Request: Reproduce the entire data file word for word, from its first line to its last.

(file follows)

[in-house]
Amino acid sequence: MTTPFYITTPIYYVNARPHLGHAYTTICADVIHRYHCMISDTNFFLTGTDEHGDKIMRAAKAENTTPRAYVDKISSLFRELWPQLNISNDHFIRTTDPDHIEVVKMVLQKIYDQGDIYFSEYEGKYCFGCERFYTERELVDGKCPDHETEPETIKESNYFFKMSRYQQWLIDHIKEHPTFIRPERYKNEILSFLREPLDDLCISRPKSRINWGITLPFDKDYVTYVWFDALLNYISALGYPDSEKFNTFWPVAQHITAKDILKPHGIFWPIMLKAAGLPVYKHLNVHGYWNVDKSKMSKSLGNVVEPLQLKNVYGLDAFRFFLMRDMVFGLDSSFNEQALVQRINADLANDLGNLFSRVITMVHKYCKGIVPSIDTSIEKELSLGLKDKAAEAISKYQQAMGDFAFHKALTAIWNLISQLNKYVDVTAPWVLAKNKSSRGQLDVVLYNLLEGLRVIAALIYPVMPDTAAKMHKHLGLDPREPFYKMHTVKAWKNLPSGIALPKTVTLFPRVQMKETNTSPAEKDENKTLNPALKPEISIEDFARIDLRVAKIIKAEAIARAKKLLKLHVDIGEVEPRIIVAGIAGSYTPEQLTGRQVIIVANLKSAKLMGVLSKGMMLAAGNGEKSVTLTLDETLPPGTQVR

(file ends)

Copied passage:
[in-house]
Amino acid sequence: MTTPFYITTPIYYVNARPHLGHAYTTICADVIHRYHCMISDTNFFLTGTDEHGDKIMRAAKAENTTPRAYVDKISSLFRELWPQLNISNDHFIRTTDPDHIEVVKMVLQKIYDQGDIYFSEYEGKYCFGCERFYTERELVDGKCPDHETEPETIKESNYFFKMSRYQQWLIDHIKEHPTFIRPERYKNEILSFLREPLDDLCISRPKSRINWGITLPFDKDYVTYVWFDALLNYISALGYPDSEKFNTFWPVAQHITAKDILKPHGIFWPIMLKAAGLPVYKHLNVHGYWNVDKSKMSKSLGNVVEPLQLKNVYGLDAFRFFLMRDMVFGLDSSFNEQALVQRINADLANDLGNLFSRVITMVHKYCKGIVPSIDTSIEKELSLGLKDKAAEAISKYQQAMGDFAFHKALTAIWNLISQLNKYVDVTAPWVLAKNKSSRGQLDVVLYNLLEGLRVIAALIYPVMPDTAAKMHKHLGLDPREPFYKMHTVKAWKNLPSGIALPKTVTLFPRVQMKETNTSPAEKDENKTLNPALKPEISIEDFARIDLRVAKIIKAEAIARAKKLLKLHVDIGEVEPRIIVAGIAGSYTPEQLTGRQVIIVANLKSAKLMGVLSKGMMLAAGNGEKSVTLTLDETLPPGTQVR